The #MeToo and Time's Up movements have brought huge attention to the challenges women face at work, but a new survey finds that 60% of male managers say they're uncomfortable participating in regular work activities with women, including mentoring, working one-on-one or socializing.
According to the survey, released by LeanIn.org and SurveyMonkey, that's a 33% increase from last year.
Senior-level men also say they are 12 times more likely to be hesitant about one-on-one meetings with a junior woman than they are a junior man, nine times more likely to be hesitant to travel with a junior woman for work than a junior man, and six times more likely to be hesitant to have a work dinner with a junior woman than a junior man.
LeanIn.org founder and Facebook COO Sheryl Sandberg calls the results "totally unacceptable."
She tells Julia Boorstin on CNBC's "Squawk on the Street" that the problem with this dynamic is that "women already weren't getting the same mentorship men were, particularly women of color." And in her experience, she says, "no one has ever gotten a promotion without getting a one-on-one meeting."
Though some have argued that the #MeToo and Time's Up movements have had a negative impact on relationships between men and women at work, Sandberg disagrees. She says the movements have had an "overwhelmingly positive" impact on the workplace, especially in spotlighting the problem of sexual harassment against women.
"The thing is, it's not enough," she says. "It's really important to not harass anyone, but that's pretty basic. We also need to not be ignored."
Rachel Thomas, president of LeanIn.org, tells CNBC Make It that "sexual harassment is a lot of things, and it's a really complicated issue, but a big piece of it is power dynamics."
"We need more women in positions of leadership, more people of color and more LGBTQ people," she says. "We need to change what leadership looks like in our organizations because we know that will lead to more safer and stronger workplaces."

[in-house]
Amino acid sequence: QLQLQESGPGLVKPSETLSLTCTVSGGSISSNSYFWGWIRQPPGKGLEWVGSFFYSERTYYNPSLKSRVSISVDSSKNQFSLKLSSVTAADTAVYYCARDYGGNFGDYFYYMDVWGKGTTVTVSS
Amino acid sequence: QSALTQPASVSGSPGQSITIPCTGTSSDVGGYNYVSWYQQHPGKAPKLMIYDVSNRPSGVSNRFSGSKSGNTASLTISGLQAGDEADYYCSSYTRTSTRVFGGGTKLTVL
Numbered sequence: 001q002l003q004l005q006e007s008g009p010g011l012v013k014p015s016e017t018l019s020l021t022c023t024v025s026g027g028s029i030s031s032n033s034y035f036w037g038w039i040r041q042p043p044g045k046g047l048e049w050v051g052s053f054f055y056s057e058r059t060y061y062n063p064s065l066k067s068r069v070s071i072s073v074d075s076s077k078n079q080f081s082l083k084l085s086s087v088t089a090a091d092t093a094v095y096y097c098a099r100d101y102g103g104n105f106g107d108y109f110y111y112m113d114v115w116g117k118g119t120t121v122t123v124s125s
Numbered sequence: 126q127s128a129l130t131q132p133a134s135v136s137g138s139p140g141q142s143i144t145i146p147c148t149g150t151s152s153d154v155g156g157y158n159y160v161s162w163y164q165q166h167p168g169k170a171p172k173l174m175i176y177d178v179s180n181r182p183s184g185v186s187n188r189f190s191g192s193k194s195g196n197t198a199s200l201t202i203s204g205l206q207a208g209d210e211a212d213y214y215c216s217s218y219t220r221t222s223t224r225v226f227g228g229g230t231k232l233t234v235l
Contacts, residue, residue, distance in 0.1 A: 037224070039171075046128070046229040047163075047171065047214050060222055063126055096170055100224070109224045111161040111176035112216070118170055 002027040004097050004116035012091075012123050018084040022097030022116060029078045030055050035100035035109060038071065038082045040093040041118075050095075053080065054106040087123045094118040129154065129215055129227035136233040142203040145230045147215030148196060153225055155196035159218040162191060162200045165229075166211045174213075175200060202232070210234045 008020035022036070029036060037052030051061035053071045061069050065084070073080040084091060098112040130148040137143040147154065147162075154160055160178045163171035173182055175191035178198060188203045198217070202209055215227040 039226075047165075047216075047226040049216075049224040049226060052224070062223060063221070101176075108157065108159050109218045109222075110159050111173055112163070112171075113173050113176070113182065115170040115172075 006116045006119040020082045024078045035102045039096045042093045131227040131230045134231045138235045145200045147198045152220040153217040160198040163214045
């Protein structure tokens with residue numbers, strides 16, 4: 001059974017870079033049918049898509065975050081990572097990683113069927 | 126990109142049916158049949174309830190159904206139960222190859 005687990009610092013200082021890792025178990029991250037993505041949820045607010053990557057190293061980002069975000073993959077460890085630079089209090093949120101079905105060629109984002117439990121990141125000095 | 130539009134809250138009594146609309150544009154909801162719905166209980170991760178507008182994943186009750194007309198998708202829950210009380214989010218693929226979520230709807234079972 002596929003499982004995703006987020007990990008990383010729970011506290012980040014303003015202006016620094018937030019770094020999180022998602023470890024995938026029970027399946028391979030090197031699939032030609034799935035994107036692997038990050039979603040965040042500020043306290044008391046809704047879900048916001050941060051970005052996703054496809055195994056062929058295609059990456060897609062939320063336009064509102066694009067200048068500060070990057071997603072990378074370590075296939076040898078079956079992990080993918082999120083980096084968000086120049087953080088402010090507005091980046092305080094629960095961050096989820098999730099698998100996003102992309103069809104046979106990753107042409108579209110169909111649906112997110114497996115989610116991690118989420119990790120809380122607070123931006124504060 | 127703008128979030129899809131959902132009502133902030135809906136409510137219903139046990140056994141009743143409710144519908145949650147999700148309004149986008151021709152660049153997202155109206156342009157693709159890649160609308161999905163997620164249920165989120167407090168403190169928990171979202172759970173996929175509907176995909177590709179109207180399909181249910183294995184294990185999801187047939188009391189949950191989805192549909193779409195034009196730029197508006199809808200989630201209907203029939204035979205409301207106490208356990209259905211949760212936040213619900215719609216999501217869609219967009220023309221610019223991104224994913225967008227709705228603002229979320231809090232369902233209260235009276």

Both she and Sandberg point out that sexual harassment is twice as likely to occur in organizations where men dominate the C-suite. That's why, Thomas says, it's imperative that men speak up and take action. "My suspicion is that a lot of good guys don't realize that by not actively mentoring, sponsoring or creating full access, that they're inadvertently part of the problem," Thomas says.
As a solution, Thomas and Sandberg say any man who doesn't want to have work dinners with a woman should also not have work dinners with a man. Instead, they should have group dinners so that everyone is included.
"That's one way to create equal access," says Thomas. "I don't fully understand it, but for whatever reason if a man is also uncomfortable having a one-on-one meeting with a woman or working with a woman, then leave the door open."
Regardless of how a man may feel about working with a woman, Thomas says there is "no excuse for not being a good manager, not being a good leader and not offering equal access to the mentorship and sponsorship that we know all employees need to succeed."
Correction: This story was revised to correct a headline. The researchers found that 60% of male managers now say they're uncomfortable participating in work activities with women.
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